Dakota gave birth last week at the midwife’s birthing room. My cousin was there too, as well as another highly qualified midwife. Dakota used a birthing pool and got out to squat on a mat and after six hours of labour birthed her daughter without any medication for pain. The baby came up to her shoulder and I could immediately sense something was wrong with her. Dakota could too and kept asking the midwife. The baby went blue and was laid down and flopped her head to the side and they started CPR and she started breathing again.

Paramedics arrived and took her to a small hospital in the area and my daughter travelled with them in the front seat. My cousin and I followed by car. On entering the hospital, the appearance and feel of it reminded me of one in Zimbabwe and I had a flashback of the Pariyenyatwa hospital, Harare that I went to when I was having panic attacks due to trauma. And for a moment I thought it would trigger. My daughter sat down in a wheelchair and I ran pushing her to her baby. After the doctors left the baby I went to talk to her and kiss her over and over. And I knew then that I can’t be shaken, I could cope just as I always had prior to – being prescribed 60mg of Prednisolone – and the trauma after my mother took my daughter from me.

My daughter is so extremely brave and strong. Straight after giving birth, there was no time for rest. Praise God she didn’t tear. She spent the whole day on her own in ICU with her baby, while we waited for her downstairs.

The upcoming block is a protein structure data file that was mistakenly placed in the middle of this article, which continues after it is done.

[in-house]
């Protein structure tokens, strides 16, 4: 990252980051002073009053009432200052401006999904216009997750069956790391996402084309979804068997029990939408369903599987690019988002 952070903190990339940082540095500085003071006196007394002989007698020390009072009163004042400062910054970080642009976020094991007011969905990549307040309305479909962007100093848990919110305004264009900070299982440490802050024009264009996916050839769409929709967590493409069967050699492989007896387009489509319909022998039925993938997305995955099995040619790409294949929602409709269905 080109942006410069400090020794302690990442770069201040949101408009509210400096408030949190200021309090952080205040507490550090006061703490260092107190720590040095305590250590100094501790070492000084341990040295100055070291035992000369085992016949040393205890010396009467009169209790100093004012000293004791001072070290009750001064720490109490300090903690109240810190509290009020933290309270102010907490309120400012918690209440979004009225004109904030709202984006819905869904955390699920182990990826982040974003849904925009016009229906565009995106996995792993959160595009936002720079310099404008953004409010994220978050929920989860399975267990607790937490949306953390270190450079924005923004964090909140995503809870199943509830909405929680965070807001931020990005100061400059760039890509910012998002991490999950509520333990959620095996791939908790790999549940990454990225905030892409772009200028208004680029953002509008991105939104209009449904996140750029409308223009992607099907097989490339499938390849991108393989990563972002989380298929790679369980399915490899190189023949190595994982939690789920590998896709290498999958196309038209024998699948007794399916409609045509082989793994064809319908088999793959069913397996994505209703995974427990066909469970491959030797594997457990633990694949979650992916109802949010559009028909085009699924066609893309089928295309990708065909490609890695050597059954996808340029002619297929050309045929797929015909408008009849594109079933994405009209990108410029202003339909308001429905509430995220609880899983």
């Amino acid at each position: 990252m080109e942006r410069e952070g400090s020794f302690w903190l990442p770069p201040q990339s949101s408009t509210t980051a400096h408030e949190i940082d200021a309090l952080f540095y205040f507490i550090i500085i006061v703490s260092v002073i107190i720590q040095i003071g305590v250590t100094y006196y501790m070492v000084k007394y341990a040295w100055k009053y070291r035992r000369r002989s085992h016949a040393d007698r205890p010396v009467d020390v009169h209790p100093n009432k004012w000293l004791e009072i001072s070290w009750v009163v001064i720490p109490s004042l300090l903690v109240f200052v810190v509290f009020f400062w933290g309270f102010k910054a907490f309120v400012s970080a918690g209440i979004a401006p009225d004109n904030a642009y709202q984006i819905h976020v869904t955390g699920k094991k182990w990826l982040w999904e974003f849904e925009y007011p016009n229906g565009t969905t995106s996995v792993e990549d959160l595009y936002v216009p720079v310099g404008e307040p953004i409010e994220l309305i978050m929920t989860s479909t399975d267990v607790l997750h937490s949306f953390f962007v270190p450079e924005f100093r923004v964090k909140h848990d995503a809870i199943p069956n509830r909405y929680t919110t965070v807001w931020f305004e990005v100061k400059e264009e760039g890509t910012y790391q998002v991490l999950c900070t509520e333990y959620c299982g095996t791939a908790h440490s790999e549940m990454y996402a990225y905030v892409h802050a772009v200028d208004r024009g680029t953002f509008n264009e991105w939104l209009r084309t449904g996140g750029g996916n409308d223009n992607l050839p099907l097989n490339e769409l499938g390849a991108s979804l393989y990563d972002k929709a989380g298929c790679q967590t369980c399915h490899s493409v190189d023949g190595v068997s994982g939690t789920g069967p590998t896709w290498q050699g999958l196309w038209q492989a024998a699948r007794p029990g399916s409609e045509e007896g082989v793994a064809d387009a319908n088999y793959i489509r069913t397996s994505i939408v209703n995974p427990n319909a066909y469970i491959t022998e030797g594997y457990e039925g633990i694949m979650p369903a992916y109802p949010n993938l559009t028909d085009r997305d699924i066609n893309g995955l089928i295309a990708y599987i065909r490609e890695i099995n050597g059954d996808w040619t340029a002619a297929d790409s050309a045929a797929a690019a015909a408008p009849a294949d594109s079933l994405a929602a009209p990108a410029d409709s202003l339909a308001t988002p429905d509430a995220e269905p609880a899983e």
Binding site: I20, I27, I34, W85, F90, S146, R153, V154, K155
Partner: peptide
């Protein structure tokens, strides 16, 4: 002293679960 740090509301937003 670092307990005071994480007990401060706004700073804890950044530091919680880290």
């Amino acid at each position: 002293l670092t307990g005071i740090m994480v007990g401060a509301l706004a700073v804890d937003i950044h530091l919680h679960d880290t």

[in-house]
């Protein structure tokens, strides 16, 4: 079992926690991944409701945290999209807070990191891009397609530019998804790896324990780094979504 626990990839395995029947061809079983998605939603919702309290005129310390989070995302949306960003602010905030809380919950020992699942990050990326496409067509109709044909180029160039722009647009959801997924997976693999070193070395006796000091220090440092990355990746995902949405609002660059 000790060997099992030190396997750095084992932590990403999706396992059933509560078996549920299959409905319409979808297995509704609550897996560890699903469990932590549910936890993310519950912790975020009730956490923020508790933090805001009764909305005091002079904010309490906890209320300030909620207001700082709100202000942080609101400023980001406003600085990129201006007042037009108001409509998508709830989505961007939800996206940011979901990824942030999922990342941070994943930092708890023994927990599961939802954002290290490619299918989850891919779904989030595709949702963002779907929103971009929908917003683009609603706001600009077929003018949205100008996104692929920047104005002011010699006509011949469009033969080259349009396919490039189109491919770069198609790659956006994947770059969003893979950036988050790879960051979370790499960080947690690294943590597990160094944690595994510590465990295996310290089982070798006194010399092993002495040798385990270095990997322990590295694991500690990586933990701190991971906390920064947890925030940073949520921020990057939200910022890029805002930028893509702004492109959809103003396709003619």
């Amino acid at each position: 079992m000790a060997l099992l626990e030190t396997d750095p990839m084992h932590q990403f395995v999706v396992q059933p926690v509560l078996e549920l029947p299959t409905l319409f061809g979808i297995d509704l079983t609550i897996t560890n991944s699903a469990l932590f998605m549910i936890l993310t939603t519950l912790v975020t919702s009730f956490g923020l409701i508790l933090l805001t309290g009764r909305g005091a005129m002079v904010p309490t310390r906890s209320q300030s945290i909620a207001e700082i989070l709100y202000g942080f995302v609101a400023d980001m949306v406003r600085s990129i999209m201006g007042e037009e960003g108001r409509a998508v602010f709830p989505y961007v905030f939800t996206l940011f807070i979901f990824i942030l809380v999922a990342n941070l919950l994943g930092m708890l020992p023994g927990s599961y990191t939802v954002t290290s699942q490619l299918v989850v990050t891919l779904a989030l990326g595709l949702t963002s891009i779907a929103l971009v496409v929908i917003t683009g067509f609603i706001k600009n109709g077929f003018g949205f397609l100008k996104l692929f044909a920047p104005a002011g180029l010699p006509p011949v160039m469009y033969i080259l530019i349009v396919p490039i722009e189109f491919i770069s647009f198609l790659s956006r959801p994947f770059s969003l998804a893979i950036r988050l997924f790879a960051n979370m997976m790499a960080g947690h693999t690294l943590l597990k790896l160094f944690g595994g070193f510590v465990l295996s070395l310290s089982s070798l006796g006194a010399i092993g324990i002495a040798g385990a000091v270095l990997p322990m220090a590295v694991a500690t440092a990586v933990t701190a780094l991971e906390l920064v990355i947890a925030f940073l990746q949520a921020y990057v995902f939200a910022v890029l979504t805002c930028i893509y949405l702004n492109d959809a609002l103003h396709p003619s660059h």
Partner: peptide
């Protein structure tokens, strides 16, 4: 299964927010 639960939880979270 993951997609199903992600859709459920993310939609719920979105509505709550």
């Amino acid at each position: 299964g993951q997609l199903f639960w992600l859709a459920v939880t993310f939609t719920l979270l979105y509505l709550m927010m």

It’s heartbreaking to watch how brave she has to be. And especially when she breaks down in tears, telling me about some of the nurses – who don’t understand the trauma she is going through – and hurt her so much by criticising her when she is learning to breastfeed and care for her newborn. And for judging her when they ask where the father of the child is, saying, ‘I didn’t know whites were like that’. Thankfully there are caring ones too.

Dakota is so sweet and forgiving. I’m not, I’m so untamed and swear and throw the donkey jawbone. God told her this baby would be born even before conception. And her baby put Dakota’s life back on track. So that I could baptise her in the pool at Victoria Falls Hotel in July when she was pregnant. Praise God for her. Her mother is born again.

When Dakota’s contractions first began God told me, ‘I’ve got this’. Then when the baby’s heart beat was being monitored during the labour, it sounded like, ‘I’ve got this, I’ve got this’, I reminded Dakota, while she sat in the pool, what God had said earlier. Then He told me He is her strength, which I told her. And He most surely was.

The baby had inhaled meconium and has been on antibiotics. She is almost coming home. She is the most brave. And our hearts break for her pricked, bruised skin. I can’t wait to kiss you, my love and for you to never be separated from your beautiful mother again.

Dakota and I ponder what this is all about, God. The dreams and being back in Cape Town. Do I run back to being a servant and leave my daughters behind, so that I can provide for them or do I serve You and do what I set out to do 12 years ago and has it taken this long for our preparation?

My Great-great grandfather was born in Zuurbrek, Cape Town in 1844. He went to study at the London Missionary Society where he met his wife. They travelled to the Cape and later journeyed six month’s in a wagon to Matabeleland, with a toddler and a newborn baby, where he remained at Hope Fountain Mission station as King Lobengula’s missionary.

Oh God, are you sending us there?

I don’t know how you provide.

I don’t understand.